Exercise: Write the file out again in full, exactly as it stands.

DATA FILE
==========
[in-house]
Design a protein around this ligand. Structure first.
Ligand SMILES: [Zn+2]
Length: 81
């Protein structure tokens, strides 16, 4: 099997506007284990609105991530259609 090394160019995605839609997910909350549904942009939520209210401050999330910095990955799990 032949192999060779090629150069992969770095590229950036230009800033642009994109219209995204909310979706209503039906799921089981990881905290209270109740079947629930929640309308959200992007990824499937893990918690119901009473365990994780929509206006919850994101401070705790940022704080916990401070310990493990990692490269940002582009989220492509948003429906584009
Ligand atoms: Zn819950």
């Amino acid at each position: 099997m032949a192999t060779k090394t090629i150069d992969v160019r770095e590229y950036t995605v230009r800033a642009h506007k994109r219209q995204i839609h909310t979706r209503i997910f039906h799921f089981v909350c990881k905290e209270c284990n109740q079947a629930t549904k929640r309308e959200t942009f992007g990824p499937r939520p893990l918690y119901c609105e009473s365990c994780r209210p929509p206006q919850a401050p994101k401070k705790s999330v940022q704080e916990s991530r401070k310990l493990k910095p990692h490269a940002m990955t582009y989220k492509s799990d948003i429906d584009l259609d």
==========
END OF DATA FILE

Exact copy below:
[in-house]
Design a protein around this ligand. Structure first.
Ligand SMILES: [Zn+2]
Length: 81
């Protein structure tokens, strides 16, 4: 099997506007284990609105991530259609 090394160019995605839609997910909350549904942009939520209210401050999330910095990955799990 032949192999060779090629150069992969770095590229950036230009800033642009994109219209995204909310979706209503039906799921089981990881905290209270109740079947629930929640309308959200992007990824499937893990918690119901009473365990994780929509206006919850994101401070705790940022704080916990401070310990493990990692490269940002582009989220492509948003429906584009
Ligand atoms: Zn819950």
């Amino acid at each position: 099997m032949a192999t060779k090394t090629i150069d992969v160019r770095e590229y950036t995605v230009r800033a642009h506007k994109r219209q995204i839609h909310t979706r209503i997910f039906h799921f089981v909350c990881k905290e209270c284990n109740q079947a629930t549904k929640r309308e959200t942009f992007g990824p499937r939520p893990l918690y119901c609105e009473s365990c994780r209210p929509p206006q919850a401050p994101k401070k705790s999330v940022q704080e916990s991530r401070k310990l493990k910095p990692h490269a940002m990955t582009y989220k492509s799990d948003i429906d584009l259609d």